The onboard Train Support System is based on a Generator Sensor Bearing. It records information relating to the condition of bearings, wheelsets and rail tracks, and transmit this information to a higher level control system.
The Train Support System is based on the FAG axlebox bearing, which can be used with an integrated Generator Sensor Bearing (GSB) as a self-sufficient energy source in rail freight wagons. Schaeffler developed the system electronics and software and then integrated these in the GSB, forming an onboard unit.
Used in combination with an information management system, the GSB enables line operators and rail companies to improve track safety, whilst optimising freight logistics. A wide range of different signals are recorded in the GSB and transmitted to a central computer via GPS. The evaluated data forms the basis for rail supervision systems, as well as online timetable generation, routing, process and risk analysis, localisation, length of retention and so on.
Similar to a dynamo, the GSB induces the required electric power via the rotational movement of permanent magnets located on the wheel axle. This power is typically around 100W at a nominal voltage of 24V. Therefore, an independent, self-sufficient energy source is available, which, via an electric storage unit, enables additional functions, such as the automatic opening of train doors or the detection of switches and sensors.
For the Train Support System, the GSB has been refined with a sophisticated electronic system into an onboard unit and connected this with a higher-level information management system. So the signals are not only recorded and processed in the bearing, but are also transmitted via GPS satellite technology.
In the past, such onboard units were not possible to develop, particularly in freight trains. Supply of data using satellite technology only works with an independent, self-sufficient energy supply system. “This is now available due to Schaeffler’s Generator Sensor Bearing. Communication of messages via satellite opens up new possibilities for optimising freight haulage logistics and for enhancing transport safety,” said Bernd Gombert, Head of Mechatronic Systems at Schaeffler.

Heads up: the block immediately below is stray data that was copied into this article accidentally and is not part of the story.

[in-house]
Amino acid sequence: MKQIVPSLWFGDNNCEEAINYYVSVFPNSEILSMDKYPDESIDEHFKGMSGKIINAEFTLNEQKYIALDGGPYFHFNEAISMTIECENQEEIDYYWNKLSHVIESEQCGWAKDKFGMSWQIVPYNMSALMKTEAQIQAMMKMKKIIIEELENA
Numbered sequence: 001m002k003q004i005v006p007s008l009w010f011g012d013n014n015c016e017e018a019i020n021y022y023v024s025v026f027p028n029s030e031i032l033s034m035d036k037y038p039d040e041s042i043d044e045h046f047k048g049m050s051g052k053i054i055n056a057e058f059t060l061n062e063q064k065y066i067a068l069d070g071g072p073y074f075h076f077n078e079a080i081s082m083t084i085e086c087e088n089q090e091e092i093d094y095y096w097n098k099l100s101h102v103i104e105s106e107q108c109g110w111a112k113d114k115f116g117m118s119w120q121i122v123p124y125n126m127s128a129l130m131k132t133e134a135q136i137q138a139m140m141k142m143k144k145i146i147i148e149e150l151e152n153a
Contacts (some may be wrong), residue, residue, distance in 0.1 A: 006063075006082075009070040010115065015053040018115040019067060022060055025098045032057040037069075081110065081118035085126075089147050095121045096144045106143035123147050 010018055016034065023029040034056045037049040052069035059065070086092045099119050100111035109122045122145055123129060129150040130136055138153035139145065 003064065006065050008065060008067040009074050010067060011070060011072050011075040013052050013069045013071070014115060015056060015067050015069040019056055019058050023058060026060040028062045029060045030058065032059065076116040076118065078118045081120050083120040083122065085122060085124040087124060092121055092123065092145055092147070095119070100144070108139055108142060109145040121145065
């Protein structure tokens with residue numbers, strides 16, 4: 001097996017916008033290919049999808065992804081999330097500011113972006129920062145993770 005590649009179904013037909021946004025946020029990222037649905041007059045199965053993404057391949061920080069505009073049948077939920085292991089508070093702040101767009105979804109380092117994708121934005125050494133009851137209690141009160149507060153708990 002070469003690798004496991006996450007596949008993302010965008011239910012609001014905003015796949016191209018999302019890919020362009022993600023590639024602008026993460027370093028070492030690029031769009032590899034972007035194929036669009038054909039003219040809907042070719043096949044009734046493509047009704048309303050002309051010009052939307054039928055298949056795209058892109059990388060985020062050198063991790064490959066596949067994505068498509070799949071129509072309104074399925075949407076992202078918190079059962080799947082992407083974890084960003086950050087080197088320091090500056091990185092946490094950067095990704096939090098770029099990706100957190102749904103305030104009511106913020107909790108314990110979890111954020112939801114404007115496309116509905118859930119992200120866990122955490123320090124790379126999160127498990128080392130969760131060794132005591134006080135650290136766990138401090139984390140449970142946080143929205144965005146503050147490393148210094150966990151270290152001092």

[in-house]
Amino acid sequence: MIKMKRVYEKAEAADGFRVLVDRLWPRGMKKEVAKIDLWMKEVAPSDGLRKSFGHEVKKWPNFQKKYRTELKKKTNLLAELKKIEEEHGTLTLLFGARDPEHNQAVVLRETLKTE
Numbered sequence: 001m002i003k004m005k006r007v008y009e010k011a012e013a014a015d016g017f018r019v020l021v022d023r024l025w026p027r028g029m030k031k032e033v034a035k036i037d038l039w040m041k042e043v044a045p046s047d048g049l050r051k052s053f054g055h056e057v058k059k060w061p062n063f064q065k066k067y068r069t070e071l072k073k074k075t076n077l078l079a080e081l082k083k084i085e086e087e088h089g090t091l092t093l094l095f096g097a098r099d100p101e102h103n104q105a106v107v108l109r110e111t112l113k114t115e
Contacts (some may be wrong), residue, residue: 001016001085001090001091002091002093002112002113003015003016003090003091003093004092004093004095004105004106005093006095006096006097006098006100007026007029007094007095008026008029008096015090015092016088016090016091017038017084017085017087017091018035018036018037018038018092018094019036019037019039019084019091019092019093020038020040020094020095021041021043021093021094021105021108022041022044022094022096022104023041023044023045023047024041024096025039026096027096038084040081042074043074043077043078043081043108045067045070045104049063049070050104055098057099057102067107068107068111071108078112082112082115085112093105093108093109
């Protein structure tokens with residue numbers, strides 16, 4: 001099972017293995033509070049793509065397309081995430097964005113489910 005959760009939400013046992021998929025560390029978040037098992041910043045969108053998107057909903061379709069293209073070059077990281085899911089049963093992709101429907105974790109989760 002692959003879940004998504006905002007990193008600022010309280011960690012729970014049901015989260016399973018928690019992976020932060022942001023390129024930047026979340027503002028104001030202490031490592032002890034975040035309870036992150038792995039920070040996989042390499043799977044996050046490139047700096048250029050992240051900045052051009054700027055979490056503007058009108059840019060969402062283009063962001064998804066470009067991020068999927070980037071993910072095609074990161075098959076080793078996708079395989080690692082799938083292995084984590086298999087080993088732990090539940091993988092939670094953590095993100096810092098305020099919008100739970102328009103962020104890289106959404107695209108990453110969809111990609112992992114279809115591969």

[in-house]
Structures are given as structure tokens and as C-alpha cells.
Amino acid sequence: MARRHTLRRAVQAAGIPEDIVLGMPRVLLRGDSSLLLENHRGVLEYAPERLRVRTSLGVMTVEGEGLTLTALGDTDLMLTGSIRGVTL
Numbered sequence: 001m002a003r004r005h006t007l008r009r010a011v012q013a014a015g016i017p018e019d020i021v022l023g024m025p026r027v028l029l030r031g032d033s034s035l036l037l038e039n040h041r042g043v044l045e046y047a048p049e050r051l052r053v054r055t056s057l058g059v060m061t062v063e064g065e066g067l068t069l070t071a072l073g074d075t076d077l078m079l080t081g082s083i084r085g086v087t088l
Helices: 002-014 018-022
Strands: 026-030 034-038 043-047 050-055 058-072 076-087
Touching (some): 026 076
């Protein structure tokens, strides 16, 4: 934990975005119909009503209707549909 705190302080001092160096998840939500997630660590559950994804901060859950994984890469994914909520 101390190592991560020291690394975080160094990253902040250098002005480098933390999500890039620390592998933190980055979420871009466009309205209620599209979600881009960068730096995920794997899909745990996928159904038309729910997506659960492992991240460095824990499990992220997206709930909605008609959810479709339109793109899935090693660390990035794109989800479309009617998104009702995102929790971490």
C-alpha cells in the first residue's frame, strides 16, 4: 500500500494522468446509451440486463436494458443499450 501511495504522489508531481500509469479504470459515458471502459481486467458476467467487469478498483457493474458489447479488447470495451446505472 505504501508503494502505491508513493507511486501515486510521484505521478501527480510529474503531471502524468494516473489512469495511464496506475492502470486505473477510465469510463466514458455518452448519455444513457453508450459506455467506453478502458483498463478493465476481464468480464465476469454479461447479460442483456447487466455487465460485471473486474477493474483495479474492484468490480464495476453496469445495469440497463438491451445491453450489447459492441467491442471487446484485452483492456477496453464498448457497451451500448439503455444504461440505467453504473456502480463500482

The sensors integrated in the bearing not only record data on the condition of the axlebox bearing, such as wear or excessive heat, but also determine and monitor other characteristics such as mileage, speed, temperature and noise, which enables conclusions to be made about the condition of wheels, bogies and rail tracks. This means that even the condition of butt joints and switches in the rail network can be monitored.
The evaluation of the data recorded in the bearing also enables the monitoring and optimisation of traffic and goods flow, as well as wagon availability, location tracking and the calculation of track utilisation costs, taking into account the loads, number of axles, time and distance.
The Train Support System is an important step on the road towards a railway guidance system. For example, there are plans for it to be integrated in the European Train Control System (ETCS) designed for European rail traffic. Initial tests are currently being conducted with Finnish Rail. In addition to GPS data collection (i.e. the localisation of individual freight wagons) the entire logistics chain can now be analysed. Transported goods are tracked via satellite and this knowledge of their current whereabouts enables optimised utilisation of routes and containers or freight wagons.